The football team may not have won a game yet but Timor-Leste has a side to be proud of, as Matthew Hall writes
In his own words, Alfredo Esteves lives a different reality to many of us and that’s not just because he’s a defender for Wollongong FC in the New South Wales Premier League, a regional competition in Australia. In 2008, as well as helping Wollongong win the championship, the 32-year-old lined up alongside Cristiano Ronaldo, Edgar Davids and Raúl in an All-Stars team selected by Luis Figo for a charity. That’s not the amazing part of the story, however.
Esteves is the captain of Timor-Leste’s national team. Last year, Timor-Leste – previously known as East Timor – climbed from last place in FIFA’s official rankings to currently sit 199th out of 208 football-playing nations. History had been made. Timor-Leste has still yet to win a match in its ten-year existence but rocketed up the rankings courtesy of a 2-2 draw against Cambodia in the Asian Football Confederation’s regional AFF Cup. “It was a really big moment for everyone,” Esteves said. “Maybe it’s difficult to understand but, when you are on the field representing your country, every single improvement makes you feel so good. The first game we ever played against the Philippines, we lost by seven goals. The next one we lost 1-0. Everyone was happy losing just 1-0. When we got the draw against Cambodia it was the cherry on the cake. We didn’t think we would get a draw for a long time.”
It’s possible you might struggle to find Timor-Leste on a map. That’s not unusual. North of Australia and east of Indonesia, the former Portuguese colony was occupied by the Indonesians from 1975 to 1999 and finally gained sovereignty in 2002. “Timor is a new country and it doesn’t have infrastructure for anything,” Esteves explained. “But when you travel though the country, soccer is 90 per cent of everything. All the kids love to play. They don’t even need a field they just want to kick the ball around. You see kids everywhere using two rocks to make a goal. They just play for hours.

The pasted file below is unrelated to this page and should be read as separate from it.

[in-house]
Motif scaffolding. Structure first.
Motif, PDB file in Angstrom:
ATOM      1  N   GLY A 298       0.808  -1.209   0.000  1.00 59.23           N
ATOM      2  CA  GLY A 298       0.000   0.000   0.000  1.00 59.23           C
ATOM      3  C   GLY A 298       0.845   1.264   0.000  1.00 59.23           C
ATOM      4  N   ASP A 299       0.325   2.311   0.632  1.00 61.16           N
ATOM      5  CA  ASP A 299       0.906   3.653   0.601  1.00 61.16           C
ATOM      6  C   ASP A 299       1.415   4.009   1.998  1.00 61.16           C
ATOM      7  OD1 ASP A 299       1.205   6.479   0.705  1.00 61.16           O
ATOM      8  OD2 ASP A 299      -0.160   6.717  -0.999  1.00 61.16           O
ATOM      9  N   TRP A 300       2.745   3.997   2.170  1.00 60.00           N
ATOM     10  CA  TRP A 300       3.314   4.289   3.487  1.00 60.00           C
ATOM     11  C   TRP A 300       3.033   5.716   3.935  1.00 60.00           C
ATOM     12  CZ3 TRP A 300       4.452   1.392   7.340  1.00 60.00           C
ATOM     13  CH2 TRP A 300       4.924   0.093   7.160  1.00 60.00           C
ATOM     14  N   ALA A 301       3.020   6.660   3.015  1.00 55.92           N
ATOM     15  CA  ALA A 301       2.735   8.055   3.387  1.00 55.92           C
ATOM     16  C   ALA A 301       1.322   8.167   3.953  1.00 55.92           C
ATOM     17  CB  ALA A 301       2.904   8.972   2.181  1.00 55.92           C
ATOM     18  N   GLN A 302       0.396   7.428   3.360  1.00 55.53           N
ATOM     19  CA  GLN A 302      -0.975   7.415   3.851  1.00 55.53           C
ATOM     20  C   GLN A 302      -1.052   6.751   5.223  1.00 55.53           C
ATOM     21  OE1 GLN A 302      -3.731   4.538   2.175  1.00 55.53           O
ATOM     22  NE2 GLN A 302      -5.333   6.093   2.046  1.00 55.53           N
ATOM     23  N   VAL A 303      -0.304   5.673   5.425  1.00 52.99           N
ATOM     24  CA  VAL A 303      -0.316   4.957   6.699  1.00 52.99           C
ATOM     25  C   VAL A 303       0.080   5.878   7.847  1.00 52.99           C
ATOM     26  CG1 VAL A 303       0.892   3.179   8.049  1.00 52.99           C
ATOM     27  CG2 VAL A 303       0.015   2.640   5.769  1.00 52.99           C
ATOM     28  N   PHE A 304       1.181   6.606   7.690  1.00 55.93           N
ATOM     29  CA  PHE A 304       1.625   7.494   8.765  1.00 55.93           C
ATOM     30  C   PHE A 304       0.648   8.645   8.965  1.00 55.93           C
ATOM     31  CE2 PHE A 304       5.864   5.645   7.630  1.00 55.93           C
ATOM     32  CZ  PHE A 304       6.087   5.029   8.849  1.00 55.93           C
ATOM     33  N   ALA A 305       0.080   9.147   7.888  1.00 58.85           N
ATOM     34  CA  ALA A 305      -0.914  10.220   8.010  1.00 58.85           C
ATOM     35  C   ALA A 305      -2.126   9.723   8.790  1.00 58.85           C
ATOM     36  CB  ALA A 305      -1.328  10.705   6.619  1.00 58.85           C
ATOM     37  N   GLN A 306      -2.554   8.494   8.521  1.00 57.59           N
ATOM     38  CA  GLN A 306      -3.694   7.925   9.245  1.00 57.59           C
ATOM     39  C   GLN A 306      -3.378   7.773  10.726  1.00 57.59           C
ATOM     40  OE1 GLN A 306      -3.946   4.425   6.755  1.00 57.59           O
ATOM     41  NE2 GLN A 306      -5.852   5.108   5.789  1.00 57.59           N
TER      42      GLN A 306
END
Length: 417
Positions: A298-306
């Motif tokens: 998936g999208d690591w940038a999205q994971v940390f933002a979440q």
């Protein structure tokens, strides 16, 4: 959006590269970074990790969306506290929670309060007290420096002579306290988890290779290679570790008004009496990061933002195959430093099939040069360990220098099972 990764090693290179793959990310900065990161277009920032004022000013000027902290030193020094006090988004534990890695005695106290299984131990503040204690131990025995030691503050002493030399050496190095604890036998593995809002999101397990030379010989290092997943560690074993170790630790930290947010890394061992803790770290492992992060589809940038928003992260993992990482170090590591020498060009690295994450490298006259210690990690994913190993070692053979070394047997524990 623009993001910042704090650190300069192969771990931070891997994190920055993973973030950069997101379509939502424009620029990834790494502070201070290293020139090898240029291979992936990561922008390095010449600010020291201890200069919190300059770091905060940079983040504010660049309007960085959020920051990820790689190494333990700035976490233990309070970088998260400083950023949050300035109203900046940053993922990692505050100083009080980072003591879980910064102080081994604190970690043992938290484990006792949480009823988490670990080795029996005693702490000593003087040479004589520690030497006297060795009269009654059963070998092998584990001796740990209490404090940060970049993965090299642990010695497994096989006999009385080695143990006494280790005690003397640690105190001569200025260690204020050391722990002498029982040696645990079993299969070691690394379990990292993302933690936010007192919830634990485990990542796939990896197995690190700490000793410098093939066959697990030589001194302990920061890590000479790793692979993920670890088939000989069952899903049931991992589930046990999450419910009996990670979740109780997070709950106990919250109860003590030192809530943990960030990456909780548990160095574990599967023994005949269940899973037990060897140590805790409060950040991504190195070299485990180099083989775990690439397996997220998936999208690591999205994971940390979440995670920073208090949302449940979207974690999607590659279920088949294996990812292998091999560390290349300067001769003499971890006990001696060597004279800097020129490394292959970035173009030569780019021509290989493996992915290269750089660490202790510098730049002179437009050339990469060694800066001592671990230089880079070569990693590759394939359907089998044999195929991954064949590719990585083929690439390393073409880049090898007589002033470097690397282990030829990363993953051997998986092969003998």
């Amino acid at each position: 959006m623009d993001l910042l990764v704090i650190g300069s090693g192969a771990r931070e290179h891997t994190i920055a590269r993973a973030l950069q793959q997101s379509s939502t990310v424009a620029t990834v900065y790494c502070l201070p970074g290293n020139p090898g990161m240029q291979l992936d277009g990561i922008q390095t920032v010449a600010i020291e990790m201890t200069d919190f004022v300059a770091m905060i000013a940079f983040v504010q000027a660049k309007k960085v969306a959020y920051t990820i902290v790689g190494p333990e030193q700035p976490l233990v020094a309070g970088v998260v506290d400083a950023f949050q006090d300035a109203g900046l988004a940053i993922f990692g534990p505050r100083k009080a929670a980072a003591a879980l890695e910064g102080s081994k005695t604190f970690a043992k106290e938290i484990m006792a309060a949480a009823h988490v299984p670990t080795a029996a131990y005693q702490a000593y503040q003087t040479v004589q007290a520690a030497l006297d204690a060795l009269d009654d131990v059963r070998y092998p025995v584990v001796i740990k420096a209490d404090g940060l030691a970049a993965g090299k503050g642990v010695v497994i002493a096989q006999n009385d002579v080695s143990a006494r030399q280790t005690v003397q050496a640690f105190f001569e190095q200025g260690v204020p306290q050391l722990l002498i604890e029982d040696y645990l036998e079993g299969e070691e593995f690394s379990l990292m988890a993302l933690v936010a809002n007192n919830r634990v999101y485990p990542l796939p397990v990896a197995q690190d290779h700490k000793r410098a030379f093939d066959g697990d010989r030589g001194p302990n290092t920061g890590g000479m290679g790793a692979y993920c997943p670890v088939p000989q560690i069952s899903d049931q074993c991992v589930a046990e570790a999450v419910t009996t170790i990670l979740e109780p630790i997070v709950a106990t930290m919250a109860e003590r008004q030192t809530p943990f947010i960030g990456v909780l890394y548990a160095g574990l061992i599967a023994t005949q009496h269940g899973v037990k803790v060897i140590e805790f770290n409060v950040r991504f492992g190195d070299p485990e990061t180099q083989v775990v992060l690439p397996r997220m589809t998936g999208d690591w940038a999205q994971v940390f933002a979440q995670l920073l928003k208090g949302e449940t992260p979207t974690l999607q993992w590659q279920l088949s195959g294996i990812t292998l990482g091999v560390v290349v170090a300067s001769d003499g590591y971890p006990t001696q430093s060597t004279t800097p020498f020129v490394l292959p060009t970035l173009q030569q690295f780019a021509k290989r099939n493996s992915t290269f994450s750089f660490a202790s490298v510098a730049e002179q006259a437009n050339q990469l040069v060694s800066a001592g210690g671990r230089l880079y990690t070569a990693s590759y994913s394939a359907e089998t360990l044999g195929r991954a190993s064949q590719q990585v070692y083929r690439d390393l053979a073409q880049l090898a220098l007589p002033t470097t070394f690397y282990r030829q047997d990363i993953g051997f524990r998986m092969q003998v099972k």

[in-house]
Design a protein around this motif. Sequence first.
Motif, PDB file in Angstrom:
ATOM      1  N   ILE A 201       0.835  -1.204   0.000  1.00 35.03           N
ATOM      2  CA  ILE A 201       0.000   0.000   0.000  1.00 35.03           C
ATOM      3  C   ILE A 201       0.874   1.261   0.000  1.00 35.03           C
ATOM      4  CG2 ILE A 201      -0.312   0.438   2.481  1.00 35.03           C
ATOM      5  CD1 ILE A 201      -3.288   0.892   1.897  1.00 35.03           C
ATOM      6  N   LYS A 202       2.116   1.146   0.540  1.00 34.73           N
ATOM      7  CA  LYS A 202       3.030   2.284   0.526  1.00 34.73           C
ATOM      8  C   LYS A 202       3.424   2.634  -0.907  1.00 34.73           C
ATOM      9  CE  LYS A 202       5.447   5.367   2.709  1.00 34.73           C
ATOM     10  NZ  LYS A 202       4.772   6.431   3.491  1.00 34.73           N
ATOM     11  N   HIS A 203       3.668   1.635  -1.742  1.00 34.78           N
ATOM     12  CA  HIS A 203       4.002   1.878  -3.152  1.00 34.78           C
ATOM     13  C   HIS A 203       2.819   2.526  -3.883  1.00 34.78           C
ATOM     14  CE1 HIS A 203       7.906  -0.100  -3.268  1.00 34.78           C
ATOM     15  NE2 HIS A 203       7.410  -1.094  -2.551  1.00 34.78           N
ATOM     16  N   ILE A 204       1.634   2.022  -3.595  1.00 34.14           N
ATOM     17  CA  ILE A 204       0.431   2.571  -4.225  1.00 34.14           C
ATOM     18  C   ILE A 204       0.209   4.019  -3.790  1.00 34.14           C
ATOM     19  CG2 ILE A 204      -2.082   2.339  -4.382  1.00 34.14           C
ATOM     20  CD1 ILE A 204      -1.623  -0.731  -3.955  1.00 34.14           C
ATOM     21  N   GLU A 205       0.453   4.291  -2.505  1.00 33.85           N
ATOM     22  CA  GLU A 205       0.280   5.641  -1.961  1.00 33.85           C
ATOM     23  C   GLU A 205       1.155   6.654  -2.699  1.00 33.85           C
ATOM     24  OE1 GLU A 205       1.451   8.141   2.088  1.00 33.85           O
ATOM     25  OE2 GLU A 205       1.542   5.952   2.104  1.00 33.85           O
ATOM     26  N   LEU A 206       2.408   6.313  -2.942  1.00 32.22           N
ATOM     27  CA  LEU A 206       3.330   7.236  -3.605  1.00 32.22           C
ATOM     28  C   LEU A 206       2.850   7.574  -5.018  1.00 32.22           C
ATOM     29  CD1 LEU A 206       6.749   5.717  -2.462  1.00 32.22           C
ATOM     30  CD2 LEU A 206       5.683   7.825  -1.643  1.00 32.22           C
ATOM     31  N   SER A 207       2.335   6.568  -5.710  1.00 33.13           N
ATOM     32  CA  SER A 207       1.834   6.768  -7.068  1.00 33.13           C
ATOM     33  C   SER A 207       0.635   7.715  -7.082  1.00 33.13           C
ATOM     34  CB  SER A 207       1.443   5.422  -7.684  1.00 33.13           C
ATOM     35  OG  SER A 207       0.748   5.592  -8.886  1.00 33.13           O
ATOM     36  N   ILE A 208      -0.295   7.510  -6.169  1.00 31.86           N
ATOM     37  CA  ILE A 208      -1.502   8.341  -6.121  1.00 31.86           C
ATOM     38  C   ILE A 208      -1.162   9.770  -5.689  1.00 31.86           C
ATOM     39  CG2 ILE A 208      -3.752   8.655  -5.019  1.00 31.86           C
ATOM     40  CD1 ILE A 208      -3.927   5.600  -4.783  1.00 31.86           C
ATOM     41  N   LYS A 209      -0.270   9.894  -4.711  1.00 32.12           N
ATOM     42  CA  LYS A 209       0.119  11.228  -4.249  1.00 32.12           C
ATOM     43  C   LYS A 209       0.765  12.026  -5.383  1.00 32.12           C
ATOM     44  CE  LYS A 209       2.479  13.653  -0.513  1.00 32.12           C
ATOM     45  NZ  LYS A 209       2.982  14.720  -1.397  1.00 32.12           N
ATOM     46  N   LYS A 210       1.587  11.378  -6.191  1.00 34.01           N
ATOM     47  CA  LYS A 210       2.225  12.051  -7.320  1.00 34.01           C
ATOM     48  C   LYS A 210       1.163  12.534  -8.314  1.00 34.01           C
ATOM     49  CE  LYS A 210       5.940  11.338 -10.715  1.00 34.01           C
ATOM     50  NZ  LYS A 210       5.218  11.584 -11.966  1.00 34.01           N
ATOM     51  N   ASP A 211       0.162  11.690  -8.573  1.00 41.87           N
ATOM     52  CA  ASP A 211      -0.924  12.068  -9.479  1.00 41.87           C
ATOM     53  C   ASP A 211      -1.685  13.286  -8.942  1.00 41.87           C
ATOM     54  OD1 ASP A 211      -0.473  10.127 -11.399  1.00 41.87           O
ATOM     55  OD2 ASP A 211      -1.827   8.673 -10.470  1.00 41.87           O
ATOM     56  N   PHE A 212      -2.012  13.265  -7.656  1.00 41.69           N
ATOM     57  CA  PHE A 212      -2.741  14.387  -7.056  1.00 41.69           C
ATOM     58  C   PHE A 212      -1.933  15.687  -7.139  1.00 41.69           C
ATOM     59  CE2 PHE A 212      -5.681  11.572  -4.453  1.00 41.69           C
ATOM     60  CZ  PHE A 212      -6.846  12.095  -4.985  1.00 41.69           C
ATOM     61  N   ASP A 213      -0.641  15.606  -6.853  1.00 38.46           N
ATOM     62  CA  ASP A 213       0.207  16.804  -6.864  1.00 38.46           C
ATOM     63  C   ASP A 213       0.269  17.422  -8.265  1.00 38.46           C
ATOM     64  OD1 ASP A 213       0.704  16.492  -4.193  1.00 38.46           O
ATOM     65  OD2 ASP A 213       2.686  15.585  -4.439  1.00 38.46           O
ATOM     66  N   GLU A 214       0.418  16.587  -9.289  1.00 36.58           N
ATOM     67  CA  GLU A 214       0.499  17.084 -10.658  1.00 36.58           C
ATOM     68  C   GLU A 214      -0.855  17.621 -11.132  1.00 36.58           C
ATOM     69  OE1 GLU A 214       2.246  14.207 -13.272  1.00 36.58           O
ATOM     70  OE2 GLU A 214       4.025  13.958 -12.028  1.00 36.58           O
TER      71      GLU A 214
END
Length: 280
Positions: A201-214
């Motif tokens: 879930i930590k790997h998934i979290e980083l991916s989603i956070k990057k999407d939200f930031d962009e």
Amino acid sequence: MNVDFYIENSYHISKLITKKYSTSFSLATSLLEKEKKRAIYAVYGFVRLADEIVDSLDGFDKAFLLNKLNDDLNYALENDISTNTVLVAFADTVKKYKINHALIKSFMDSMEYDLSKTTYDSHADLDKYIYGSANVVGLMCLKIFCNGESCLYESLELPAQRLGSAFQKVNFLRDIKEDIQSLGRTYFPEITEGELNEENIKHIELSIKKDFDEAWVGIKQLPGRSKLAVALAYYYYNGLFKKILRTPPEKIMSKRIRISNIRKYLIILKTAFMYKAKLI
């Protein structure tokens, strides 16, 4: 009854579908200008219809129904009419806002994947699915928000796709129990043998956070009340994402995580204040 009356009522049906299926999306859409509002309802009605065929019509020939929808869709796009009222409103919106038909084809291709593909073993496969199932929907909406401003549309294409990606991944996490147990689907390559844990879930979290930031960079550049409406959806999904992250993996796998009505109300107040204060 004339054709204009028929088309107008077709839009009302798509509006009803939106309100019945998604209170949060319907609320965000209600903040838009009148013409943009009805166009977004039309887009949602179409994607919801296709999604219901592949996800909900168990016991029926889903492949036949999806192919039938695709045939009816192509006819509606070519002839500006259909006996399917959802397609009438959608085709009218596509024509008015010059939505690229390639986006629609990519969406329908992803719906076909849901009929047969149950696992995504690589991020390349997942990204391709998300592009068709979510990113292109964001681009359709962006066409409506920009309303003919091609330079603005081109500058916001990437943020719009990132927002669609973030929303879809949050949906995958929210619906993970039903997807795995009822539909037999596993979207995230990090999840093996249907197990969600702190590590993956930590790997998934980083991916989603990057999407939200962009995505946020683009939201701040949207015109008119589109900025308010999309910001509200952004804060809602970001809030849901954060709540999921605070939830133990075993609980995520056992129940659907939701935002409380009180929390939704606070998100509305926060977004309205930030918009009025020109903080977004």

“There is a lot of talent there and a lot of passion but there are no fields to play the game. There is no regular league. Sometimes, they organise tournaments for clubs to come together but when the tournament is finished there’s nothing. Sixty per cent of the population is under 25 but Timor has no jobs. The kids just spend the day hanging out doing nothing.”
Esteves is the only professional player in a team that was eliminated early on the road to South Africa, courtesy of an 8-1 loss over two games against Hong Kong. National coach Pedro Almeida is a local celebrity but his fame comes not from being a football coach but as one of the best motorcycle mechanics in Timor’s capital city, Dili. It is difficult for the coach to select a squad for tournaments. When football doesn’t pay, players are too busy providing for their families. Leaving a job for the folly of football, even playing for your country, means there’s no one to go fishing, no one to work, no one to bring home a daily meal. “They can’t stop working – they have families to look after,” Esteves said. “It’s difficult just to focus on soccer. They have to work to support the rest of the family. My team-mates all want a chance to play overseas but it’s not easy to leave Timor and go somewhere else, even to get a trial. They can’t leave their families.”
Esteves hopes to finally lead Timor-Leste to a historic first-ever victory. The country faces many challenges, not least from political polarisation that also spills over into national sports administration. Getting things done in such circumstances can be tough but that elusive first win may unite the nation. “When I played with all those famous players I was representing Timor,” Esteves added. “It’s something to be proud of, to be Timorese and to be on the same field as those guys. Timor is a small country that has never won anything but we are getting closer. It will be a big celebration, maybe even around the world, when we do win a game. They have been suffering for many years with all the problems in the country. That first win will be something that will touch the world. It will be a great moment for everyone. It will be progress.”
From WSC 271 September 2009